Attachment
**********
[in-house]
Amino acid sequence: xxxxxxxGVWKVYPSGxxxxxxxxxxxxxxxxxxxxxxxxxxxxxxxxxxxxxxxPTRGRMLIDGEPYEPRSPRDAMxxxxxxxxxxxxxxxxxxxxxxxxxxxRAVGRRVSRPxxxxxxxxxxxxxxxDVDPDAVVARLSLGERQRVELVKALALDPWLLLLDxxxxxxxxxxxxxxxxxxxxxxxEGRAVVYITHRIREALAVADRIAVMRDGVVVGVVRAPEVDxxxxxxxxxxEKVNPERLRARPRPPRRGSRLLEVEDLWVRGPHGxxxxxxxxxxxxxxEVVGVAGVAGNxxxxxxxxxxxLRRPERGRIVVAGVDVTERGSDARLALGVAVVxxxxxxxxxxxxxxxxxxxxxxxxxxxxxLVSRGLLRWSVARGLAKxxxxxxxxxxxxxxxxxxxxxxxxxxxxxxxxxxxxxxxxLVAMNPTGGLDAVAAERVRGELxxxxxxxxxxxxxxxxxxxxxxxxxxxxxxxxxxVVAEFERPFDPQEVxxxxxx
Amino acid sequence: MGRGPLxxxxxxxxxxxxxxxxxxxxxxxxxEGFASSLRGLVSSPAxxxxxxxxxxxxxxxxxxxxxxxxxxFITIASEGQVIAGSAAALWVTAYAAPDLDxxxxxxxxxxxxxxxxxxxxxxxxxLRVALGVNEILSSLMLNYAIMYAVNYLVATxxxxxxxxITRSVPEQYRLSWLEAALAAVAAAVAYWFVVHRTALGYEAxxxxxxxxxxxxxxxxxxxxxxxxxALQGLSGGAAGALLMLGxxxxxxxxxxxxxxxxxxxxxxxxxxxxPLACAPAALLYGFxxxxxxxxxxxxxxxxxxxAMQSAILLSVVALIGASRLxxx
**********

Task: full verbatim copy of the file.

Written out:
[in-house]
Amino acid sequence: xxxxxxxGVWKVYPSGxxxxxxxxxxxxxxxxxxxxxxxxxxxxxxxxxxxxxxxPTRGRMLIDGEPYEPRSPRDAMxxxxxxxxxxxxxxxxxxxxxxxxxxxRAVGRRVSRPxxxxxxxxxxxxxxxDVDPDAVVARLSLGERQRVELVKALALDPWLLLLDxxxxxxxxxxxxxxxxxxxxxxxEGRAVVYITHRIREALAVADRIAVMRDGVVVGVVRAPEVDxxxxxxxxxxEKVNPERLRARPRPPRRGSRLLEVEDLWVRGPHGxxxxxxxxxxxxxxEVVGVAGVAGNxxxxxxxxxxxLRRPERGRIVVAGVDVTERGSDARLALGVAVVxxxxxxxxxxxxxxxxxxxxxxxxxxxxxLVSRGLLRWSVARGLAKxxxxxxxxxxxxxxxxxxxxxxxxxxxxxxxxxxxxxxxxLVAMNPTGGLDAVAAERVRGELxxxxxxxxxxxxxxxxxxxxxxxxxxxxxxxxxxVVAEFERPFDPQEVxxxxxx
Amino acid sequence: MGRGPLxxxxxxxxxxxxxxxxxxxxxxxxxEGFASSLRGLVSSPAxxxxxxxxxxxxxxxxxxxxxxxxxxFITIASEGQVIAGSAAALWVTAYAAPDLDxxxxxxxxxxxxxxxxxxxxxxxxxLRVALGVNEILSSLMLNYAIMYAVNYLVATxxxxxxxxITRSVPEQYRLSWLEAALAAVAAAVAYWFVVHRTALGYEAxxxxxxxxxxxxxxxxxxxxxxxxxALQGLSGGAAGALLMLGxxxxxxxxxxxxxxxxxxxxxxxxxxxxPLACAPAALLYGFxxxxxxxxxxxxxxxxxxxAMQSAILLSVVALIGASRLxxx